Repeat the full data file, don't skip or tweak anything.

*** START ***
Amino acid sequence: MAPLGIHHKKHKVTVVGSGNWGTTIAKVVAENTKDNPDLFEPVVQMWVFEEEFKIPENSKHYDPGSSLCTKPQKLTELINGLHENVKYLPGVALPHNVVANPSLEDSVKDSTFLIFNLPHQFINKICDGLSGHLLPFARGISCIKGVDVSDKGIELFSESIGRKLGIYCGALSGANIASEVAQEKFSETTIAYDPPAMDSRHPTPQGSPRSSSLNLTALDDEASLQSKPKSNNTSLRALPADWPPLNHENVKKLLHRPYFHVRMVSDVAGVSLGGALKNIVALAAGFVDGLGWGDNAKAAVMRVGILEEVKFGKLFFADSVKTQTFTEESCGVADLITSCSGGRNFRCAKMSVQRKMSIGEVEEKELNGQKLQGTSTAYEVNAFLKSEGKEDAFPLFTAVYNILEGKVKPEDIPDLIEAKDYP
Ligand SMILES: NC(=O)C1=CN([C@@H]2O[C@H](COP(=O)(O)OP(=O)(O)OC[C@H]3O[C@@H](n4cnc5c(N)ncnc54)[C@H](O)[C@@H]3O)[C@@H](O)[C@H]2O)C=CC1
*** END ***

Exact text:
Amino acid sequence: MAPLGIHHKKHKVTVVGSGNWGTTIAKVVAENTKDNPDLFEPVVQMWVFEEEFKIPENSKHYDPGSSLCTKPQKLTELINGLHENVKYLPGVALPHNVVANPSLEDSVKDSTFLIFNLPHQFINKICDGLSGHLLPFARGISCIKGVDVSDKGIELFSESIGRKLGIYCGALSGANIASEVAQEKFSETTIAYDPPAMDSRHPTPQGSPRSSSLNLTALDDEASLQSKPKSNNTSLRALPADWPPLNHENVKKLLHRPYFHVRMVSDVAGVSLGGALKNIVALAAGFVDGLGWGDNAKAAVMRVGILEEVKFGKLFFADSVKTQTFTEESCGVADLITSCSGGRNFRCAKMSVQRKMSIGEVEEKELNGQKLQGTSTAYEVNAFLKSEGKEDAFPLFTAVYNILEGKVKPEDIPDLIEAKDYP
Ligand SMILES: NC(=O)C1=CN([C@@H]2O[C@H](COP(=O)(O)OP(=O)(O)OC[C@H]3O[C@@H](n4cnc5c(N)ncnc54)[C@H](O)[C@@H]3O)[C@@H](O)[C@H]2O)C=CC1